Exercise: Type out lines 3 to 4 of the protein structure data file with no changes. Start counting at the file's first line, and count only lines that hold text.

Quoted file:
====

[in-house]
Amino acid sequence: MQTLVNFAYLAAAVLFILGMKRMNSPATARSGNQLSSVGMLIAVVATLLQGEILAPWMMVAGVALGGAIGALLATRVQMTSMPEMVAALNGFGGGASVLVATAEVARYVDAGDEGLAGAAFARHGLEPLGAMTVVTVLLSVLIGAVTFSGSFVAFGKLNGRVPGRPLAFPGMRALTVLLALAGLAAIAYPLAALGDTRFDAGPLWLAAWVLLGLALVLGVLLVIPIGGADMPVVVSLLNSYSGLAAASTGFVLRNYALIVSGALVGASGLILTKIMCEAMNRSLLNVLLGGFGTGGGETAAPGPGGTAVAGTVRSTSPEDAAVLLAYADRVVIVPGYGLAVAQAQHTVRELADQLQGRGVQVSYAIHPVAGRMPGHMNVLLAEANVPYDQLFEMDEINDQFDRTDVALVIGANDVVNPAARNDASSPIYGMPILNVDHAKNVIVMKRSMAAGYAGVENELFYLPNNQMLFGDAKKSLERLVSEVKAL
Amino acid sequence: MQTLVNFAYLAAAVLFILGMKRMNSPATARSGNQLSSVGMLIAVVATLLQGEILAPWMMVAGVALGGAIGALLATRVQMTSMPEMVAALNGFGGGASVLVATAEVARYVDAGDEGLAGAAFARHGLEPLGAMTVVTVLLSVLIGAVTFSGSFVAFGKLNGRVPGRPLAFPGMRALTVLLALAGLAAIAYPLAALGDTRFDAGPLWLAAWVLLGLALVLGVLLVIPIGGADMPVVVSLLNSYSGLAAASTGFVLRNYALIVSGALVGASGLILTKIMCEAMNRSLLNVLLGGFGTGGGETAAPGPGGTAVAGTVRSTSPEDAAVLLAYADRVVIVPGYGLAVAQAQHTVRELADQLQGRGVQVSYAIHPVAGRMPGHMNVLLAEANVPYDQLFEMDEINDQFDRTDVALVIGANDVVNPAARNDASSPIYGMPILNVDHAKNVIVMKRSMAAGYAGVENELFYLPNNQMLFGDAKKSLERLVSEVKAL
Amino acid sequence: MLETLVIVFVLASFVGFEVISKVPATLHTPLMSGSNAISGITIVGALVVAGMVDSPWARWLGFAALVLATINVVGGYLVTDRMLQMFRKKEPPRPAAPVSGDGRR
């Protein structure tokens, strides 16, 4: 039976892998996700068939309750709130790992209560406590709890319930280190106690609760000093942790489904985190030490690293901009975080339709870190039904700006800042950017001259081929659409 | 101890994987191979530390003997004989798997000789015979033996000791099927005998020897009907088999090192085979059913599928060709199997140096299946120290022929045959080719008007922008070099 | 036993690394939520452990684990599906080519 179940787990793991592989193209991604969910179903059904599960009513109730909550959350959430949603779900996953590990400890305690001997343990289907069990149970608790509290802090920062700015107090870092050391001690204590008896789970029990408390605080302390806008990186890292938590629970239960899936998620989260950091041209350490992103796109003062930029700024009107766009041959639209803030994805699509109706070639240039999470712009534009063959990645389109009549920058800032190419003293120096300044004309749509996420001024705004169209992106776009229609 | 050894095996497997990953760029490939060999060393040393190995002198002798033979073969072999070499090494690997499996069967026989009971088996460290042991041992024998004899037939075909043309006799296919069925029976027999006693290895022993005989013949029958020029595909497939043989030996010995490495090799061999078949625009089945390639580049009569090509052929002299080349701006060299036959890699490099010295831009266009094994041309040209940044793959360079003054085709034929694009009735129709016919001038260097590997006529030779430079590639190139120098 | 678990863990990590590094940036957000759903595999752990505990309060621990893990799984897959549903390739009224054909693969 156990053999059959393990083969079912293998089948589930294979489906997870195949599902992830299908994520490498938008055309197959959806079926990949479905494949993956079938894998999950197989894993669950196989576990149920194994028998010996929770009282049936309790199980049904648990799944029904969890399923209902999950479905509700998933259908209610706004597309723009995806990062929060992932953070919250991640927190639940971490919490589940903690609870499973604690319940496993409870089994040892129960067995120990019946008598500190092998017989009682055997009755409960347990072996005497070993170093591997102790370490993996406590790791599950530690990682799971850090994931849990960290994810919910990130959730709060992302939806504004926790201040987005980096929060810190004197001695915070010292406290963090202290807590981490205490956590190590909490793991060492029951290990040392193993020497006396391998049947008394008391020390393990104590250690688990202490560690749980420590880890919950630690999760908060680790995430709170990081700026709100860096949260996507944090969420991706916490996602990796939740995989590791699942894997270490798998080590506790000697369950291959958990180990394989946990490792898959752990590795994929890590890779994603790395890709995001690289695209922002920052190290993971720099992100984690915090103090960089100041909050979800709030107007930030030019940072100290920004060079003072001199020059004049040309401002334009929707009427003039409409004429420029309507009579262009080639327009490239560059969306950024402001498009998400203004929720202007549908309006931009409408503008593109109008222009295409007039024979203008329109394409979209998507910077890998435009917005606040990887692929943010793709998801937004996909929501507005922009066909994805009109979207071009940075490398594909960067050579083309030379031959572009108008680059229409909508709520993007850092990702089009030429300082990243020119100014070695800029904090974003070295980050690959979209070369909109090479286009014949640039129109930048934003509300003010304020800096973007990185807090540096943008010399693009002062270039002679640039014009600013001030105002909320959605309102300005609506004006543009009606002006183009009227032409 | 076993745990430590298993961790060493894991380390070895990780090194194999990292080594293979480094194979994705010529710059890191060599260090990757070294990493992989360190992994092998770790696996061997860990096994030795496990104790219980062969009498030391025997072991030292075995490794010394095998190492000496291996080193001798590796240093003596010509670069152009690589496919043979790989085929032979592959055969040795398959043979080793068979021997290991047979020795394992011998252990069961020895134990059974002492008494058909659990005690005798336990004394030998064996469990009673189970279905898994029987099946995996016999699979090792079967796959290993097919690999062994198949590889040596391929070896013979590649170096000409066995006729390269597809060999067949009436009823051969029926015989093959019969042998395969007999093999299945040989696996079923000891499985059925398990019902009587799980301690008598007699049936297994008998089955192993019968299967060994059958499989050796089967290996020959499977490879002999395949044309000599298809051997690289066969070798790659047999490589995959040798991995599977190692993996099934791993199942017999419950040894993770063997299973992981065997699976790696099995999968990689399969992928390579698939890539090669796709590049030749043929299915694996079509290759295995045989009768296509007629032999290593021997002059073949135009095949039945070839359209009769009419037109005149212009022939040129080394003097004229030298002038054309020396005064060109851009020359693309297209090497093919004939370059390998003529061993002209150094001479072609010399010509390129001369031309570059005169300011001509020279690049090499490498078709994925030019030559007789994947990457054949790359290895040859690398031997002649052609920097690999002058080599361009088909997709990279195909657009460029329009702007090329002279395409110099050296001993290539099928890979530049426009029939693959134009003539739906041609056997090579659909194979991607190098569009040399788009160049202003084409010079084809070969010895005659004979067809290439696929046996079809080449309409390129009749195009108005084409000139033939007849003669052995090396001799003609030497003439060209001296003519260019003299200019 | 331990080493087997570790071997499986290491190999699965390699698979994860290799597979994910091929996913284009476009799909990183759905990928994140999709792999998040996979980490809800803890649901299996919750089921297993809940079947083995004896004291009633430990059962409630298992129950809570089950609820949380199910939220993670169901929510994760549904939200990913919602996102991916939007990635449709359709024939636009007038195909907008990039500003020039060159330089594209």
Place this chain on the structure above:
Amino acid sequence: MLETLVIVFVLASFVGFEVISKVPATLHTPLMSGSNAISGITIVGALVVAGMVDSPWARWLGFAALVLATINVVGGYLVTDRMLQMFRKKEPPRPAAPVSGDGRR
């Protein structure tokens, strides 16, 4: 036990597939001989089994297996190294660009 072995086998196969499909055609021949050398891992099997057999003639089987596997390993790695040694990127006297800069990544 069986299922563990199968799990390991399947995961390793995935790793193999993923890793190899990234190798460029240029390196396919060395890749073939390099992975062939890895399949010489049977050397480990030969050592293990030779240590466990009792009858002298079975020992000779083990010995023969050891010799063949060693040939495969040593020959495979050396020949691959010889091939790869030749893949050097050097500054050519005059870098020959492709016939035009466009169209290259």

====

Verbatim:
Amino acid sequence: MQTLVNFAYLAAAVLFILGMKRMNSPATARSGNQLSSVGMLIAVVATLLQGEILAPWMMVAGVALGGAIGALLATRVQMTSMPEMVAALNGFGGGASVLVATAEVARYVDAGDEGLAGAAFARHGLEPLGAMTVVTVLLSVLIGAVTFSGSFVAFGKLNGRVPGRPLAFPGMRALTVLLALAGLAAIAYPLAALGDTRFDAGPLWLAAWVLLGLALVLGVLLVIPIGGADMPVVVSLLNSYSGLAAASTGFVLRNYALIVSGALVGASGLILTKIMCEAMNRSLLNVLLGGFGTGGGETAAPGPGGTAVAGTVRSTSPEDAAVLLAYADRVVIVPGYGLAVAQAQHTVRELADQLQGRGVQVSYAIHPVAGRMPGHMNVLLAEANVPYDQLFEMDEINDQFDRTDVALVIGANDVVNPAARNDASSPIYGMPILNVDHAKNVIVMKRSMAAGYAGVENELFYLPNNQMLFGDAKKSLERLVSEVKAL
Amino acid sequence: MLETLVIVFVLASFVGFEVISKVPATLHTPLMSGSNAISGITIVGALVVAGMVDSPWARWLGFAALVLATINVVGGYLVTDRMLQMFRKKEPPRPAAPVSGDGRR